Mr. Anashara has successfully appealed, in part, a decision of the Registrar to expunge his trademark SWAGGER pursuant to section 45 of the Trademarks Act. Mr. Anashara was required to demonstrate with evidence the use of the SWAGGER Mark, in Canada, in association with each of the wares and services specified in the registration during the relevant time period being July 9, 2009 and July 9, 2012. The Court noted that any toiletry items listed in the registration are irrelevant to this proceeding as Mr. Anashara transferred that portion of the registration to Proctor & Gamble as of July 4, 2012.
The issue for determination on the appeal is whether Mr. Anashara presented new evidence, and, if so, whether the new evidence would have materially affected the Registrar's decision.
Mr. Anashara was found to have provided credible new evidence with respect to his wares and the normal course of trade. The Court found that the additional information expressed in Mr. Anashara's affidavit and oral testimony is important because it provides date, location, and context to his evidence that sales of wares displaying the Mark took place on January 1, 2011.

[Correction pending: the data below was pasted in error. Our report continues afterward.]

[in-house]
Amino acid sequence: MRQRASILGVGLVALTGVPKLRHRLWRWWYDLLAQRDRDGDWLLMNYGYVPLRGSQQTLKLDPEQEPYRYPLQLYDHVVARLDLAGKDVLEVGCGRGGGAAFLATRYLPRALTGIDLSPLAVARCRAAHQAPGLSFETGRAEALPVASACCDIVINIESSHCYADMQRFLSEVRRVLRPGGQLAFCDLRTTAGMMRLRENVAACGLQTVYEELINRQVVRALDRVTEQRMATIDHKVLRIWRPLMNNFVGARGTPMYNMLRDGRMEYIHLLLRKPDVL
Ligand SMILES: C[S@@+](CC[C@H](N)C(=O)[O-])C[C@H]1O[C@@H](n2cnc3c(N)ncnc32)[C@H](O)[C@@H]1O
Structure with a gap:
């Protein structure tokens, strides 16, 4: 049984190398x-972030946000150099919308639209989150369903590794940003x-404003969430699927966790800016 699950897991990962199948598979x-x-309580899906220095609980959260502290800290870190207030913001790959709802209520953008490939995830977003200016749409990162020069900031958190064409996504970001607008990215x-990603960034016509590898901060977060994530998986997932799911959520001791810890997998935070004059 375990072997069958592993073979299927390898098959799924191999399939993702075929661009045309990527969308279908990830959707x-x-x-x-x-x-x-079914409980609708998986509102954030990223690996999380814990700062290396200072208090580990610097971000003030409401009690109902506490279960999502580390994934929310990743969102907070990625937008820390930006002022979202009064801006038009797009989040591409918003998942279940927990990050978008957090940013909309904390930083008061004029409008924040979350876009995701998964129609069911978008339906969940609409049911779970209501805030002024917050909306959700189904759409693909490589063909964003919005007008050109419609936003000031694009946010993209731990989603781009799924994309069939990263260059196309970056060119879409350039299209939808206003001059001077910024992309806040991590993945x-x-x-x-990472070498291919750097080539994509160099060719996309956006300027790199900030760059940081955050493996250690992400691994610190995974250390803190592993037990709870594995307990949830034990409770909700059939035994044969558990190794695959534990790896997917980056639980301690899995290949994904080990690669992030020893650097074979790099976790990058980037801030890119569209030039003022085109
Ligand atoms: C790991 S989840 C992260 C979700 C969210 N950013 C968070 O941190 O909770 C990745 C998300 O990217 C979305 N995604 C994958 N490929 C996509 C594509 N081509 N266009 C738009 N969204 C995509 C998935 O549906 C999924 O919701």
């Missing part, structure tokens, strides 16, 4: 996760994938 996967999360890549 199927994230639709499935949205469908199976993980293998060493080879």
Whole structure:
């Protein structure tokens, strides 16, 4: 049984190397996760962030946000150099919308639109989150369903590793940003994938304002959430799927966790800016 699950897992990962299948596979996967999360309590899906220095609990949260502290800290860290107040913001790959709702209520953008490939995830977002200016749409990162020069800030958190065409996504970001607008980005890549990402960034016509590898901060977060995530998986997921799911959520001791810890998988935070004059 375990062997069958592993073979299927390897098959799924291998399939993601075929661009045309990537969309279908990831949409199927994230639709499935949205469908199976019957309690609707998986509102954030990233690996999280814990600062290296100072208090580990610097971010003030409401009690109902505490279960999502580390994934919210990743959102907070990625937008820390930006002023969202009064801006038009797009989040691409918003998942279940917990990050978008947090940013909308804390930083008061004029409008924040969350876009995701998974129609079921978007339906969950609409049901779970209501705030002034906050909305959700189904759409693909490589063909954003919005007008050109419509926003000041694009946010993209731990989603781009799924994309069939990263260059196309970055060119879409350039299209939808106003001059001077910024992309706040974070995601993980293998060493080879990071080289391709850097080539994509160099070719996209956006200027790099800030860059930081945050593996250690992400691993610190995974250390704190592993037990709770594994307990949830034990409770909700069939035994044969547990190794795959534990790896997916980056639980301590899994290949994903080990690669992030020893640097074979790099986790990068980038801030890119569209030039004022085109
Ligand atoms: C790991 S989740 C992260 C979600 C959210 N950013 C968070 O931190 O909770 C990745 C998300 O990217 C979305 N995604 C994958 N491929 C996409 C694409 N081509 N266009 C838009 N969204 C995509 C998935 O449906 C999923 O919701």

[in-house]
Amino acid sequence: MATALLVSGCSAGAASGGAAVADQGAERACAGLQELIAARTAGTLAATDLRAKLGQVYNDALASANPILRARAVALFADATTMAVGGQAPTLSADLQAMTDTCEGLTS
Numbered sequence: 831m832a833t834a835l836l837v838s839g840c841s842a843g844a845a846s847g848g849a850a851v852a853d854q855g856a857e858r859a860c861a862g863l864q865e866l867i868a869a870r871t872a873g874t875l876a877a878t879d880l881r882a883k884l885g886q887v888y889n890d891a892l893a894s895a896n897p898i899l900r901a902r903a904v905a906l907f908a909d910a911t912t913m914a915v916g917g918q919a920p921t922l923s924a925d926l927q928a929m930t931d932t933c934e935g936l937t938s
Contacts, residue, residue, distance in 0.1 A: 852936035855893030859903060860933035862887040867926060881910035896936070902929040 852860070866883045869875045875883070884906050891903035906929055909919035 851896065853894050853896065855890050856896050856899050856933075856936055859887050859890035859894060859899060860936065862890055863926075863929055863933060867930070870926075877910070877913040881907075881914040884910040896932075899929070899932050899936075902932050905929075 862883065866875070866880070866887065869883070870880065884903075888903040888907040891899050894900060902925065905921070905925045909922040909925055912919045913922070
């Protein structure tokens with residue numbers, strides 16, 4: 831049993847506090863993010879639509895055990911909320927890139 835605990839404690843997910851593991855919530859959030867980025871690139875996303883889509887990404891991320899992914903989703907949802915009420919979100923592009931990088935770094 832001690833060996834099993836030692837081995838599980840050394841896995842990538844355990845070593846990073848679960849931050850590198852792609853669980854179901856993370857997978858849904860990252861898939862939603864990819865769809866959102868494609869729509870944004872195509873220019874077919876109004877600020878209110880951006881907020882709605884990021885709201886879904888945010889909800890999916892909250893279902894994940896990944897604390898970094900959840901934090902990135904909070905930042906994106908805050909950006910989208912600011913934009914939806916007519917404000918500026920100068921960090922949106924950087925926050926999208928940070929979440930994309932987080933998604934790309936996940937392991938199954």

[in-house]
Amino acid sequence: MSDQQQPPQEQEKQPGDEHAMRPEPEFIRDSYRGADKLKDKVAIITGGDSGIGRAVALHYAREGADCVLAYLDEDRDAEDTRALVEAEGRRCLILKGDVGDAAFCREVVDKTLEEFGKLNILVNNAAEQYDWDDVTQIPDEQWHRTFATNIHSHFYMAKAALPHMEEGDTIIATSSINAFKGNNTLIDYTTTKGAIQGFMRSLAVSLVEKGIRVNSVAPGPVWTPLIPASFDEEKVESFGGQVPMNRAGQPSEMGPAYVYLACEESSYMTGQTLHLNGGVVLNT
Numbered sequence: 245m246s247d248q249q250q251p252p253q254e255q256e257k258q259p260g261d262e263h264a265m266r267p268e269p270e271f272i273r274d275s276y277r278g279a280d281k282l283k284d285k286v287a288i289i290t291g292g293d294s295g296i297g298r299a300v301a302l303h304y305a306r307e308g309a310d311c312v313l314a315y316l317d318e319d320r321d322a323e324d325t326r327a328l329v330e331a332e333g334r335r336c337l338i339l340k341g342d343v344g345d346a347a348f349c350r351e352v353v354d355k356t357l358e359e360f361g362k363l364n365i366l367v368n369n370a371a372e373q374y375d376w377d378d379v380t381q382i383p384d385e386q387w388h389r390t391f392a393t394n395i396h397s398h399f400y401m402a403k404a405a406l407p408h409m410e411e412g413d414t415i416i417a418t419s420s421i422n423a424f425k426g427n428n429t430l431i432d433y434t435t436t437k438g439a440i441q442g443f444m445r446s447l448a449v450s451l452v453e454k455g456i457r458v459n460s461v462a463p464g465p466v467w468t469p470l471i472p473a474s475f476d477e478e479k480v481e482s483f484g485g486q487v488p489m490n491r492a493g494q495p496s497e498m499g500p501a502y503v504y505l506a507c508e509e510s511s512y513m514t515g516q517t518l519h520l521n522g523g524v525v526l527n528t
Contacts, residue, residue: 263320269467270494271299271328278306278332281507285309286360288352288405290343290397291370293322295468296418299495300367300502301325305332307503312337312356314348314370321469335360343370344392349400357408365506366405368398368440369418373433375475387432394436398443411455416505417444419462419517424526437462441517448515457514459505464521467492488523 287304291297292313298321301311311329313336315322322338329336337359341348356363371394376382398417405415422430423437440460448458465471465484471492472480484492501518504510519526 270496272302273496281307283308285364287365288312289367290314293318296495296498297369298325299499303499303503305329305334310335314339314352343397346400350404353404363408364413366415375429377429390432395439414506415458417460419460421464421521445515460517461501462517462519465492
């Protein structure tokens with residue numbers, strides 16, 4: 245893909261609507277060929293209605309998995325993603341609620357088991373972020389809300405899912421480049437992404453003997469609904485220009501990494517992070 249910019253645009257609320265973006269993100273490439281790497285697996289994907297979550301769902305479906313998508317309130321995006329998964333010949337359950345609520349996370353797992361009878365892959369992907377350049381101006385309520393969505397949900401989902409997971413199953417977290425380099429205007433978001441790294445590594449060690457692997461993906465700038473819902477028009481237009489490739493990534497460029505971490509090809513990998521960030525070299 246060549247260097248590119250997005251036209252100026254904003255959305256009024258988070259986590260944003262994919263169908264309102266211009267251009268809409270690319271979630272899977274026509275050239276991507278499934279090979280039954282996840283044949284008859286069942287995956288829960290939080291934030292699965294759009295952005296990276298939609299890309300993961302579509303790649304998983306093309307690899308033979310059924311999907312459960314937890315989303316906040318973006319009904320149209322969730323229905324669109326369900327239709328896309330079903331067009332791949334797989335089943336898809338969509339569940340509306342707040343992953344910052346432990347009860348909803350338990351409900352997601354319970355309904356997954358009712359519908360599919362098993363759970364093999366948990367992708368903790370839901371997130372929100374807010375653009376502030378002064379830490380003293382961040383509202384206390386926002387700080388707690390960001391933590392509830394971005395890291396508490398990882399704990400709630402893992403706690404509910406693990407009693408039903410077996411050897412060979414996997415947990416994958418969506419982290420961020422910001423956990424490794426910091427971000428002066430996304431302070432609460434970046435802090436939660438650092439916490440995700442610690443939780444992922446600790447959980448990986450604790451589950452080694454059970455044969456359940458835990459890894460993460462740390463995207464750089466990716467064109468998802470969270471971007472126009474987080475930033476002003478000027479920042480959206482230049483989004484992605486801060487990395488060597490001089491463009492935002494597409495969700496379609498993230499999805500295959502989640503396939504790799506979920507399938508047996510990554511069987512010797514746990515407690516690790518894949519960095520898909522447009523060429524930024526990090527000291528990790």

Noting that the burden to demonstrate use is not high, the Court found that the new evidence would have made a difference to the Registrar on both the transfer of wares and the normal course of trade issues. This is so because it would have resulted in a finding that, in response to the notice with respect to the wares, the sale of wares on January 1, 2011 met the requirements of s. 4(1) of the Act. In the Court's opinion, the Registrar would have maintained the registration for the following wares: t-shirts, jeans, scarves, hats, sports bags, pullovers, shoes, and jackets, and so ordered to set aside that portion of the Registrar's decision.